Losing a spouse can increase the risk for premature mortality, and declines in immune health are thought to play a role. Most of the supporting data have come from cross-sectional studies comparing already-bereaved individuals to matched controls, which provides valuable information about health disparities between groups but does not reveal health changes over time. Moreover, the health consequences of bereavement may be unique for dementia family caregivers, a large and growing segment of the population. The current study sought to evaluate the course of health around 52 dementia spousal caregivers’ bereavement by capturing lymphocyte proliferation to Con A and PHA and self-rated health before and after spousal loss. To investigate the moderating role of the social environment, we examined associations between social ties and health trajectories before and after spousal loss. Using piecewise linear mixed models to allow for turning points in caregivers’ trajectories, we found that, for the average caregiver, lymphocyte proliferation to both mitogens weakened as bereavement neared and continued to decline after the loss, but at a slower pace. In tandem, perceived health degraded as bereavement approached but rebounded thereafter. Further, we found that socially isolated caregivers showed marked declines in immune responses to Con A and PHA over time both before and after bereavement, whereas their socially connected counterparts had shallower declines to PHA and maintained a level immune response to Con A. In addition, socially isolated caregivers reported poorer health before and after bereavement compared to their counterparts, whose self-rated health declined as the loss neared but later recovered to exceed prior levels. These findings shed new light on the dynamics of immune function in response to spousal bereavement after dementia caregiving: longitudinal data reveal a pattern of health recovery following caregivers’ loss, particularly among those with more robust social networks prior to bereavement.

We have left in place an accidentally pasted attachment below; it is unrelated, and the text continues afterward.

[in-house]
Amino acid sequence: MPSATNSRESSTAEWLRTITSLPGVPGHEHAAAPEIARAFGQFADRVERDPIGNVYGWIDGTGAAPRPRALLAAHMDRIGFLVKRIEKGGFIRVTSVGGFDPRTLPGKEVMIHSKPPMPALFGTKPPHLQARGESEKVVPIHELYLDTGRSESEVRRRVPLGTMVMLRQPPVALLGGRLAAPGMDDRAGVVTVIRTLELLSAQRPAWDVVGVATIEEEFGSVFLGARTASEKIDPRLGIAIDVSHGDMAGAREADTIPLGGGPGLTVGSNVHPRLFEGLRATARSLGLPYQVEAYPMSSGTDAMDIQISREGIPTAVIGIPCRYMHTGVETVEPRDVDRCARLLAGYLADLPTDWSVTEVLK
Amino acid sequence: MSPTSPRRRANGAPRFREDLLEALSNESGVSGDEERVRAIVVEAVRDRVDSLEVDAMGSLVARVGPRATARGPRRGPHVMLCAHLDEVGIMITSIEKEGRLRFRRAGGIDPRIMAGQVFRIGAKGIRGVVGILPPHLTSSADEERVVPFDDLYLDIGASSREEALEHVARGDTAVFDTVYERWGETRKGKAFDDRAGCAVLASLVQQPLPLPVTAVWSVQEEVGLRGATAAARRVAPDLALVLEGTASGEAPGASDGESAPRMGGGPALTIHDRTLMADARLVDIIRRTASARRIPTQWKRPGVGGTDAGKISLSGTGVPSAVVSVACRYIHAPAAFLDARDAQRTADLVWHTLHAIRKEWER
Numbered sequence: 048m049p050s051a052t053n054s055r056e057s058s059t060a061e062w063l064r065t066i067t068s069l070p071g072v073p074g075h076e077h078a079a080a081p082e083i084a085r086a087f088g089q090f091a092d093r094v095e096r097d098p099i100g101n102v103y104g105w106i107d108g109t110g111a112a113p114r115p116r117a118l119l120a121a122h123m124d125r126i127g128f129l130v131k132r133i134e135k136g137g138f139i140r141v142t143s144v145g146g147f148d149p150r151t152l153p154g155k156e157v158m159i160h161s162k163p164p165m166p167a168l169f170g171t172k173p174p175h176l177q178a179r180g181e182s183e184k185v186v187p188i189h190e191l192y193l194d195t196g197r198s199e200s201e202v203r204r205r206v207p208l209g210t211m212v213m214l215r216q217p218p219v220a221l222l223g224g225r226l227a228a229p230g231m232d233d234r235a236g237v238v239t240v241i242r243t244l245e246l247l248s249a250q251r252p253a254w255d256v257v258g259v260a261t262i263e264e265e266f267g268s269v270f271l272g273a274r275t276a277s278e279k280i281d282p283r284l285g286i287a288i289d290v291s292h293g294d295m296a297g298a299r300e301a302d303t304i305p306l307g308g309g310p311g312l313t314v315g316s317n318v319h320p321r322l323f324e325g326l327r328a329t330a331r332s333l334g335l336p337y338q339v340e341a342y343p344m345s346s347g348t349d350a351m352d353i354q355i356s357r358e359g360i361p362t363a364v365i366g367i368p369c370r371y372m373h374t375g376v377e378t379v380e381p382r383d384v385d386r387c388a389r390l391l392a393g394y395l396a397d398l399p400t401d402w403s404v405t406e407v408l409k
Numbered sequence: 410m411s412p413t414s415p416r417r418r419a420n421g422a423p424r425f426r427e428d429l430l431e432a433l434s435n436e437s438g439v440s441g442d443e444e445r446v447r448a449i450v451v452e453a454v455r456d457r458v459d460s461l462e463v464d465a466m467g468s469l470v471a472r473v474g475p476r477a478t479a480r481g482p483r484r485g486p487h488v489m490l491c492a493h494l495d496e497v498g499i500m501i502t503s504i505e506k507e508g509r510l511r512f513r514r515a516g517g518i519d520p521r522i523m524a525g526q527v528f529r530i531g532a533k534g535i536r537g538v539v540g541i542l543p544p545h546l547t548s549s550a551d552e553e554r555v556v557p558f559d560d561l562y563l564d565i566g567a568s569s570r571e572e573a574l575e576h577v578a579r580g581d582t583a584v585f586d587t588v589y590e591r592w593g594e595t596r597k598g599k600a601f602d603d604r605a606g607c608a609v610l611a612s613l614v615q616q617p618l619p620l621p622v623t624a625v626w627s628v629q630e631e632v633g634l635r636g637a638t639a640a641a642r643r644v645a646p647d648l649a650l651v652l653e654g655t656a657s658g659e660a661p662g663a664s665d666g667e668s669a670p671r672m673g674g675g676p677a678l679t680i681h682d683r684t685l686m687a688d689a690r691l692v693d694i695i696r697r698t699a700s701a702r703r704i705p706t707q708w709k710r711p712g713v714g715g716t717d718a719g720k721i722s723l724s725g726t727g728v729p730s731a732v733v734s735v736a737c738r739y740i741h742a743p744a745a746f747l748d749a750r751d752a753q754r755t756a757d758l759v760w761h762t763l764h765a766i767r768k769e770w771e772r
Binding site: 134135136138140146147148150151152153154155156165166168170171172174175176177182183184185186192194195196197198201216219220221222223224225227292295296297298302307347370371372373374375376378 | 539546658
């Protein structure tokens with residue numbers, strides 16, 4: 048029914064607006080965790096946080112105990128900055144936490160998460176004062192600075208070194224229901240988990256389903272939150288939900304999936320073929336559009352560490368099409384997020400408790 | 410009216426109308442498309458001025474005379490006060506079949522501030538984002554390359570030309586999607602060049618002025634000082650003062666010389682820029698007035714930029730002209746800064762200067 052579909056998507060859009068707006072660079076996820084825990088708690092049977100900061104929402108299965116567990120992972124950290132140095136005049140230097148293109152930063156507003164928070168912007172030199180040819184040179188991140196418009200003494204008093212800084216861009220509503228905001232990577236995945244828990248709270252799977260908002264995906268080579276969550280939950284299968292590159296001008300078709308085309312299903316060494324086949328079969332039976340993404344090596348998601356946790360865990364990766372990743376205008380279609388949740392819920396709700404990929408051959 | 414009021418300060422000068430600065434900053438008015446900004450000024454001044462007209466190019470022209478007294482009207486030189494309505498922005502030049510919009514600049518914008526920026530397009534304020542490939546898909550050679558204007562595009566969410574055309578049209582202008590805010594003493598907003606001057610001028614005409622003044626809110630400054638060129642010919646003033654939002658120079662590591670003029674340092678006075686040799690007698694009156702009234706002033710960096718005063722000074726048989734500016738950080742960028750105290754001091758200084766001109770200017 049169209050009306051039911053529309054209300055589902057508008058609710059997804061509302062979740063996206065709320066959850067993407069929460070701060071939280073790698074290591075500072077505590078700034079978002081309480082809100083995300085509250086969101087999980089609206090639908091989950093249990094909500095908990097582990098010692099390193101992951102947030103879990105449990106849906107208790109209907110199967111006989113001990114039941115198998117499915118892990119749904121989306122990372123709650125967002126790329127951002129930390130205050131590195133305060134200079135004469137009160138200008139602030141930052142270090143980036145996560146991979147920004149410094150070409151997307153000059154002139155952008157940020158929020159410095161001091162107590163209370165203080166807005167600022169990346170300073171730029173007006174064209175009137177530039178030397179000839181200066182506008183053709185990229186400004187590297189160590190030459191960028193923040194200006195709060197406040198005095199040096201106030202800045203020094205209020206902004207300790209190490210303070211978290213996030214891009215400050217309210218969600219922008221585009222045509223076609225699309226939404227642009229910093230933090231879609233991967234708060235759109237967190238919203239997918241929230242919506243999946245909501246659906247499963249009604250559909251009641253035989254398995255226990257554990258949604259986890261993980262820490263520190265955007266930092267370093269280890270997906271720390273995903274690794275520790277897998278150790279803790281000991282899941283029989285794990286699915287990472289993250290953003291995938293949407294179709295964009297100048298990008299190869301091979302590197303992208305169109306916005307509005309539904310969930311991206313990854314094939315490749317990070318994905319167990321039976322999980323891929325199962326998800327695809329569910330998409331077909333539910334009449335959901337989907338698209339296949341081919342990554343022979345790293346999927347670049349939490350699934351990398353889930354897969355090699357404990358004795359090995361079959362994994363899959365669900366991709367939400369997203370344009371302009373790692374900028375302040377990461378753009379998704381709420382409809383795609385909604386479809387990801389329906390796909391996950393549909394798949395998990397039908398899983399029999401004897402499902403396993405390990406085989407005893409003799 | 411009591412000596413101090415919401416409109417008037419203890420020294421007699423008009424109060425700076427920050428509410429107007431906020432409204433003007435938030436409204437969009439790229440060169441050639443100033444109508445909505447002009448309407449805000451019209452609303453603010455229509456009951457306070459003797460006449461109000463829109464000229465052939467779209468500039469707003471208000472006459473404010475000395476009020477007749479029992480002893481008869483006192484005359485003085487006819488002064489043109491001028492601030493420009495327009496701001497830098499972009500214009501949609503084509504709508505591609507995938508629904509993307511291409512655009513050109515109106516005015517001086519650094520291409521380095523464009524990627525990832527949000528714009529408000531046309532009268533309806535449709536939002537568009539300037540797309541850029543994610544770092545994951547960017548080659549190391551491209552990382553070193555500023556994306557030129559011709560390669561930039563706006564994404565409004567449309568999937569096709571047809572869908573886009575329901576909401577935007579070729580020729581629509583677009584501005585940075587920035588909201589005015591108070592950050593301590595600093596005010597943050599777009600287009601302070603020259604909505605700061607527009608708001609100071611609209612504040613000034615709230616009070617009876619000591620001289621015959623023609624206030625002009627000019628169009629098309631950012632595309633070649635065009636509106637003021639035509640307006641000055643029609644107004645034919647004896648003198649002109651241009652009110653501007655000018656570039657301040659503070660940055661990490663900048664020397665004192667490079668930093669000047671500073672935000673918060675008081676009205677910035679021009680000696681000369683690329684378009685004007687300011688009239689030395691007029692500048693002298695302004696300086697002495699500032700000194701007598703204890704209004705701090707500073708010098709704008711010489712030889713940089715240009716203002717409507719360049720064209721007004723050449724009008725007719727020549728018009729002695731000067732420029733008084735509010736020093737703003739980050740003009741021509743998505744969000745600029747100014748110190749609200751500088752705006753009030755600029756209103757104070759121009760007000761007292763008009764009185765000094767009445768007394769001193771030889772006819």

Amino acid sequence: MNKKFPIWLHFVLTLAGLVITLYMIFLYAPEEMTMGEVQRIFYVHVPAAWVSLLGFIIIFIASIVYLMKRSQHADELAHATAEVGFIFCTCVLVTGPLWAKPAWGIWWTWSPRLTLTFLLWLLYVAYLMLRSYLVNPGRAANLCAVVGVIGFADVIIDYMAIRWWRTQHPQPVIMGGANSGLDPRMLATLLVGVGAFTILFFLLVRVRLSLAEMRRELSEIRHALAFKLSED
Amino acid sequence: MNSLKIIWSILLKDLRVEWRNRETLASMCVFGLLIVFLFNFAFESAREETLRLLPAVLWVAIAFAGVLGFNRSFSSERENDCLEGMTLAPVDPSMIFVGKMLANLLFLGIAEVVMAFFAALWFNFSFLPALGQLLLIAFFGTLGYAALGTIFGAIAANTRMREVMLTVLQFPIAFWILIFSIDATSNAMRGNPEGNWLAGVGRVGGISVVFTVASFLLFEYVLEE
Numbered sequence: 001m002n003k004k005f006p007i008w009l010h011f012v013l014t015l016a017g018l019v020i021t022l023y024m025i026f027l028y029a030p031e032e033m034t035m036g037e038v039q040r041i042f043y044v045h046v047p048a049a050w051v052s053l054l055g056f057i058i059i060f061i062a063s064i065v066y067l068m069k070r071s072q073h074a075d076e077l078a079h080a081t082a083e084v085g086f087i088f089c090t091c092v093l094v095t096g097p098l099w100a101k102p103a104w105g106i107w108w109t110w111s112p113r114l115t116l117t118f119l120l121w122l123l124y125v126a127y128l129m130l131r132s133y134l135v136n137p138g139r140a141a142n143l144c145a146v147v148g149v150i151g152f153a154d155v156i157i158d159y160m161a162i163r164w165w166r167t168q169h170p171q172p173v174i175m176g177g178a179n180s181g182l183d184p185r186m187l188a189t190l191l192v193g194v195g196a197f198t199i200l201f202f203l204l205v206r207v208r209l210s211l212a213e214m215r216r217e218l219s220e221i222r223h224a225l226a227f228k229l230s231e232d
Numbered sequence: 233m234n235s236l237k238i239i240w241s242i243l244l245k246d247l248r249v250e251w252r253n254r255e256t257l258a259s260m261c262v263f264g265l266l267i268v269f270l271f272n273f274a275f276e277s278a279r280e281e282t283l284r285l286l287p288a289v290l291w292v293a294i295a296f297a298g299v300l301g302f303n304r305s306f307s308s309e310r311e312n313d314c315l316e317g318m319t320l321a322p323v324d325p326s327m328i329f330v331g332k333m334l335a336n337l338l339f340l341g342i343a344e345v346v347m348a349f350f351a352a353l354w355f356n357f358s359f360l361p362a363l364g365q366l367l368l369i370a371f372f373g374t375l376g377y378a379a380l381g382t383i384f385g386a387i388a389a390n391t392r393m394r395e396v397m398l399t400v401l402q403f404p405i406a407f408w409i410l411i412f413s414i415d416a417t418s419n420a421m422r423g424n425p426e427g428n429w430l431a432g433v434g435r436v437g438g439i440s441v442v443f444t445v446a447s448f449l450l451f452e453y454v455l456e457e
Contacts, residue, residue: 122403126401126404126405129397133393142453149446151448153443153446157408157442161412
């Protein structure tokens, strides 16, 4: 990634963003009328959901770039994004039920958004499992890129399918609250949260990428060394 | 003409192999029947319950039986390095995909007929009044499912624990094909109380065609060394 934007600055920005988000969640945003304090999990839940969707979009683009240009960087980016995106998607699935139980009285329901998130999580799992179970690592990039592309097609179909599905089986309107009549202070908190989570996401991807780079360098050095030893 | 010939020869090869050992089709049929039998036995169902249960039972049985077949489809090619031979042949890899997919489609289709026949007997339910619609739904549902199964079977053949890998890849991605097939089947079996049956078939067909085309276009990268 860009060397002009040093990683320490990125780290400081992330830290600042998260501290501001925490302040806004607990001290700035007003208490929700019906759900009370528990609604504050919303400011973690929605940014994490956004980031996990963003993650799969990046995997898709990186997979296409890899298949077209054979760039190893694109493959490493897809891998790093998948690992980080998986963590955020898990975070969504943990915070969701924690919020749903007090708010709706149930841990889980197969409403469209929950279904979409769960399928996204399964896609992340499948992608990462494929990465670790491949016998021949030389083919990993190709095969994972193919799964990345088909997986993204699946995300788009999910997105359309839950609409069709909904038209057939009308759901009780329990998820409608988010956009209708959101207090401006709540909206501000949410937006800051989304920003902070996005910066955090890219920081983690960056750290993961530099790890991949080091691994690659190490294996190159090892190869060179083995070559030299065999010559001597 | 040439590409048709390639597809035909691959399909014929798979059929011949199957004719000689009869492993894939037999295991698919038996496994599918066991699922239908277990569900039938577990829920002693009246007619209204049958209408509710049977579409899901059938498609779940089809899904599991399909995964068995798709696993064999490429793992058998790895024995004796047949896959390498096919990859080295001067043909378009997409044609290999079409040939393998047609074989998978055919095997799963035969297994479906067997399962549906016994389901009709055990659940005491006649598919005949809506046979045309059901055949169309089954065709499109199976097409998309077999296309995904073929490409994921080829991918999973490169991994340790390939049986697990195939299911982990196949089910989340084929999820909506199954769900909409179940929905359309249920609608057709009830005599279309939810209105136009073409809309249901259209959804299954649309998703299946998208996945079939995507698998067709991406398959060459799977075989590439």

Objective: To investigate prevalence and predictors of postloss distress, depressive and anxiety symptoms, and quality of life among bereaved family caregivers of patients with advanced cancer.; Methods: Prospective multicenter study. Family caregivers (N = 160, mean age 56.8 years, 66% female) completed validated outcome measures (Distress Thermometer, Generalized Anxiety Disorder 7-item scale, Patient Health Questionnaire depression module 9-item scale, SF-8 Health Survey Questionnaire) 6 months after patient's discharge or death at specialist inpatient palliative care ward.; Results: Clinically relevant distress was observed in 82% with sadness (89%), exhaustion (74%), sleeping problems (68%), loneliness (53%), and sorrows (52%) being the most common distress-causing problems. Moderate/severe anxiety and depressive symptoms were observed in 27% and 35%, respectively. Compared to an adjusted norm sample, quality of life was significantly impaired with exception of "bodily pain" and physical component score. Preloss caregiving (odds ratio [OR] 2.195) and higher preloss distress (OR 1.345) predicted high postloss distress. Utilization of psychosocial support services (OR 2.936) and higher preloss anxiety symptoms (OR 1.292) predicted moderate/severe anxiety symptoms, lower preloss physical quality of life (OR 0.952), and higher preloss depressive symptoms (OR 1.115) predicted moderate/severe depressive symptoms.; Conclusion: Preloss mental burden showed to be a consistent predictor for postloss burden and should be addressed during palliative care. Future research should examine specific caregiver-directed interventions during specialist palliative care.